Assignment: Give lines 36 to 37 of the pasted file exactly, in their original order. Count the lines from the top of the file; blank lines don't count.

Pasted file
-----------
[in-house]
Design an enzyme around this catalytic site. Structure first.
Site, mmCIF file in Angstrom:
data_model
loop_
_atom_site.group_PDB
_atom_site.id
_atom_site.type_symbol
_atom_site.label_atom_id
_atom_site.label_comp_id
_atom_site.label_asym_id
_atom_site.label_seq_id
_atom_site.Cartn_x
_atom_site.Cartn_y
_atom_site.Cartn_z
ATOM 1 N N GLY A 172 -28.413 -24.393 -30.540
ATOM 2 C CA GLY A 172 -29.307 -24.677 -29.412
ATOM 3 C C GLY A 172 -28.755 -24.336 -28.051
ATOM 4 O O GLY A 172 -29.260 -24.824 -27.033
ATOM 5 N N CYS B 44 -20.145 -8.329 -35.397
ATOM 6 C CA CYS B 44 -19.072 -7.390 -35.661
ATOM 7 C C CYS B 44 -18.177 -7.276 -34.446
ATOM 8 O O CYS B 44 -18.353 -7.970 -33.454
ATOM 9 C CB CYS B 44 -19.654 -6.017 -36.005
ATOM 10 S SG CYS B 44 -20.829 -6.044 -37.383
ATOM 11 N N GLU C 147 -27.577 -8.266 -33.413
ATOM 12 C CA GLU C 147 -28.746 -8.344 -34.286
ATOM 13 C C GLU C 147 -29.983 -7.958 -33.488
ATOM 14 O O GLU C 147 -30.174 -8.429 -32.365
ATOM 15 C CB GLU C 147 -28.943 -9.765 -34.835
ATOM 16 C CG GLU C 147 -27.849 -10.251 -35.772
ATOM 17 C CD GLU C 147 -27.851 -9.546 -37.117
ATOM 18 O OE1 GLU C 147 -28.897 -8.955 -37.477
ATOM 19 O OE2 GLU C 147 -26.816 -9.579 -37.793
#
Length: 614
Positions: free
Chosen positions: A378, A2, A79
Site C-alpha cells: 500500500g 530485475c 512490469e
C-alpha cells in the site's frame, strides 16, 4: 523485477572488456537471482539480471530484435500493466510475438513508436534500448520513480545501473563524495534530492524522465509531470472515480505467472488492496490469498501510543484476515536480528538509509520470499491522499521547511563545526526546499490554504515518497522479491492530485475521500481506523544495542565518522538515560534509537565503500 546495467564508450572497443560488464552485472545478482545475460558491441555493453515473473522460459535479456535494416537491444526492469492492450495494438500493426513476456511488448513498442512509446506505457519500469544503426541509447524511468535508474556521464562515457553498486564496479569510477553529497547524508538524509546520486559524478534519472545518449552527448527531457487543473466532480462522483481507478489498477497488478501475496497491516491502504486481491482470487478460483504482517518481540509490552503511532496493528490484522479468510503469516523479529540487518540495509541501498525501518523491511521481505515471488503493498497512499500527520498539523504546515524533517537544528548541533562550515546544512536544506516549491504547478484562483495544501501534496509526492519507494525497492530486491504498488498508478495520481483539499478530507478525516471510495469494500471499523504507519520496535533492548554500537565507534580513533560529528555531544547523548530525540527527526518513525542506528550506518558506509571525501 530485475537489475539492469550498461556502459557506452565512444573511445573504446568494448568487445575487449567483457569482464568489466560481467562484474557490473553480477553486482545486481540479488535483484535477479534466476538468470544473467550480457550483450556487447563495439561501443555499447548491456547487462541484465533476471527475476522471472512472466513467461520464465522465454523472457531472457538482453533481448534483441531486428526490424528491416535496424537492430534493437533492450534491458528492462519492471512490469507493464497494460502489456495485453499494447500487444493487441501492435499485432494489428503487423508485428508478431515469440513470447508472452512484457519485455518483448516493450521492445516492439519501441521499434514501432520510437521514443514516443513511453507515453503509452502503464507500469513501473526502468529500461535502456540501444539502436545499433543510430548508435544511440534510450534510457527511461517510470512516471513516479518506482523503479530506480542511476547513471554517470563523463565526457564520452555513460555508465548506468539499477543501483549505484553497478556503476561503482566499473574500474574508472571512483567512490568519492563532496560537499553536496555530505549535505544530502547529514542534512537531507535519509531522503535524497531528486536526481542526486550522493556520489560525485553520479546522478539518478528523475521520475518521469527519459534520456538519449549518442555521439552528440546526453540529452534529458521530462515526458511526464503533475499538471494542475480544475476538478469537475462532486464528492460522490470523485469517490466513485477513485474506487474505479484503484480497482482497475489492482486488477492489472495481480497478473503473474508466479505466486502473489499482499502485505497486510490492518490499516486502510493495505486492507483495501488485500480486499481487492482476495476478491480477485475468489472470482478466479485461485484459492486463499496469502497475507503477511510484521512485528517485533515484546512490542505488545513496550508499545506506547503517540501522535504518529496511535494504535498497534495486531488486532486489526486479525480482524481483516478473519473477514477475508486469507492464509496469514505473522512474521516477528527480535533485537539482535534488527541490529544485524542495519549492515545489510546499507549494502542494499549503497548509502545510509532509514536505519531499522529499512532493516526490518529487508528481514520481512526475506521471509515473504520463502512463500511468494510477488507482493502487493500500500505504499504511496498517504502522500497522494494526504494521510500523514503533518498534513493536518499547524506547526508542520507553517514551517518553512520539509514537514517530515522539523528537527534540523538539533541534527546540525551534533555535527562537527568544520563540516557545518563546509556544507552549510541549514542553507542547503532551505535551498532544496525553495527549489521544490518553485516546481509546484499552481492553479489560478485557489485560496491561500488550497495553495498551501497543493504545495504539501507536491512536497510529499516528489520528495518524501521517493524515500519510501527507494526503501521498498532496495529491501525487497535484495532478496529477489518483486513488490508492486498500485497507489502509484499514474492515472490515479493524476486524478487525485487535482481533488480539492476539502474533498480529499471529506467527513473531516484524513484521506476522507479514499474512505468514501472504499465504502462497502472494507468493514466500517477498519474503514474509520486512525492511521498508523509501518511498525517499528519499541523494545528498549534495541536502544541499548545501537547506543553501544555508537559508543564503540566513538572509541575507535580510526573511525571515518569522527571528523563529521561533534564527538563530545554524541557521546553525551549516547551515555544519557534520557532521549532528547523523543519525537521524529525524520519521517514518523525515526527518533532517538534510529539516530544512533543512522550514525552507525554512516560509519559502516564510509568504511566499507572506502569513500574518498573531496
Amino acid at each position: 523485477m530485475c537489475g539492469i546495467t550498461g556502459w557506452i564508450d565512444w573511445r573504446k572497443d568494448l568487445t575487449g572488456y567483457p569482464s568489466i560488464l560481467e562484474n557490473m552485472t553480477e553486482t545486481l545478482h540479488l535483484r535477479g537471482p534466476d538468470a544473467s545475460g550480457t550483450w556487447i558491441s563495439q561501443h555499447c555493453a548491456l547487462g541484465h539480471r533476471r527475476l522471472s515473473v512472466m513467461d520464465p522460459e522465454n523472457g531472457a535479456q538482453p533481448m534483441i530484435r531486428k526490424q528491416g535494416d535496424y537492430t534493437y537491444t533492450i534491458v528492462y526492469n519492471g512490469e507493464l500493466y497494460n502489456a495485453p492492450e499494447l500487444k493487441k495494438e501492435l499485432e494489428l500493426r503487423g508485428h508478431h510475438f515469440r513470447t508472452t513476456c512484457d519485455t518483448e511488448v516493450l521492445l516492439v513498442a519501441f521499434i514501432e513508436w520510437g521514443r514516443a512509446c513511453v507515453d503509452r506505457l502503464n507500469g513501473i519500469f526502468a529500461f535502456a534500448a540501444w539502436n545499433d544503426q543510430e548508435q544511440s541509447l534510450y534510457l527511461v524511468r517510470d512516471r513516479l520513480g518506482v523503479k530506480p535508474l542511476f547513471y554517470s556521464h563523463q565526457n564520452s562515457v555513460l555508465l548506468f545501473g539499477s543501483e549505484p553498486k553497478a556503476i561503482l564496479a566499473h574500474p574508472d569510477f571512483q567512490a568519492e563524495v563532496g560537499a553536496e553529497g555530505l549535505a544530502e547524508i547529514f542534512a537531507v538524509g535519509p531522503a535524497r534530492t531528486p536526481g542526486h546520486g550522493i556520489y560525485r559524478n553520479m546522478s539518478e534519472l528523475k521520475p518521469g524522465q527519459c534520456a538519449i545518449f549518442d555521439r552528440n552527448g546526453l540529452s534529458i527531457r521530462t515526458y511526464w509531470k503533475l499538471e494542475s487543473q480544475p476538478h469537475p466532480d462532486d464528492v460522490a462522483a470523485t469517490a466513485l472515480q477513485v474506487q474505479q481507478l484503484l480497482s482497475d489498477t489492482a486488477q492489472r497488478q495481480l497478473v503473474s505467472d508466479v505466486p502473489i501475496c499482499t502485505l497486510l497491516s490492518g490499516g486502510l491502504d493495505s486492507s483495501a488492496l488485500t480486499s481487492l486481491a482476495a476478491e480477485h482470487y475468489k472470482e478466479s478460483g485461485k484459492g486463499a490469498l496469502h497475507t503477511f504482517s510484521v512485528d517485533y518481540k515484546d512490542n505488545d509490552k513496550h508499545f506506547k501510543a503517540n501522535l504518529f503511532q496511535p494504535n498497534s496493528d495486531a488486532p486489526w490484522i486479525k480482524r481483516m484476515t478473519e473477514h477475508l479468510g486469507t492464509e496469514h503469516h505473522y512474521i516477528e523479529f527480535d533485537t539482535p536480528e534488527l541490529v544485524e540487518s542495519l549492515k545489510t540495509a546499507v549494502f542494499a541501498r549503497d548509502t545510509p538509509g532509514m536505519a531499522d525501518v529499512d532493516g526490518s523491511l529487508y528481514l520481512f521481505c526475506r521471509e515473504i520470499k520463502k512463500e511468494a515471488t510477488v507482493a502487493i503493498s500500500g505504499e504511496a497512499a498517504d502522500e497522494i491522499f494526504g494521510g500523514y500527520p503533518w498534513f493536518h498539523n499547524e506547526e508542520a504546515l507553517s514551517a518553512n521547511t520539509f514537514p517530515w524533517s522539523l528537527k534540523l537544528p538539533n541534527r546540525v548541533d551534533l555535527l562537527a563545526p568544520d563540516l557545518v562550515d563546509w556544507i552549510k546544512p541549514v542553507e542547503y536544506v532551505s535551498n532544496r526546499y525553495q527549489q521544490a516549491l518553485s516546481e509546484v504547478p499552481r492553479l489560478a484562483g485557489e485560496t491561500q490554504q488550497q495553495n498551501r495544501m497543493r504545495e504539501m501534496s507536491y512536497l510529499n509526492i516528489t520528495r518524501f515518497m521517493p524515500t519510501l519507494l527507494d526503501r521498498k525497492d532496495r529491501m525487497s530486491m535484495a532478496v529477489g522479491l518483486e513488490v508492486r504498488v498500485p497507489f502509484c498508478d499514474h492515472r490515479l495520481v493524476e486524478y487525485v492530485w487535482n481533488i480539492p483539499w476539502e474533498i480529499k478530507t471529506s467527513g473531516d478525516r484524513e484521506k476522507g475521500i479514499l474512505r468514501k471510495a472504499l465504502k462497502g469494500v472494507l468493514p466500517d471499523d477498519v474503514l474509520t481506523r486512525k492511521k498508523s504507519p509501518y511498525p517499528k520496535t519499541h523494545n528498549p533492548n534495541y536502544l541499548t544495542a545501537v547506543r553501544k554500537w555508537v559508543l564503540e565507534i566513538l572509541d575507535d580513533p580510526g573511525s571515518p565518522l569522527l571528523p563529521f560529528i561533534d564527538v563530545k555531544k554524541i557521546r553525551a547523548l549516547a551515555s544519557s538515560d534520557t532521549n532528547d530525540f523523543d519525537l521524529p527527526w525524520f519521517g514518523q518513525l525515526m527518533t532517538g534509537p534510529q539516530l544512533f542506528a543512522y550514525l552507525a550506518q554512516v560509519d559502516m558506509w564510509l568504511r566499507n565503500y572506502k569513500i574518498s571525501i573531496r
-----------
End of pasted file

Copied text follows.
Length: 614
Positions: free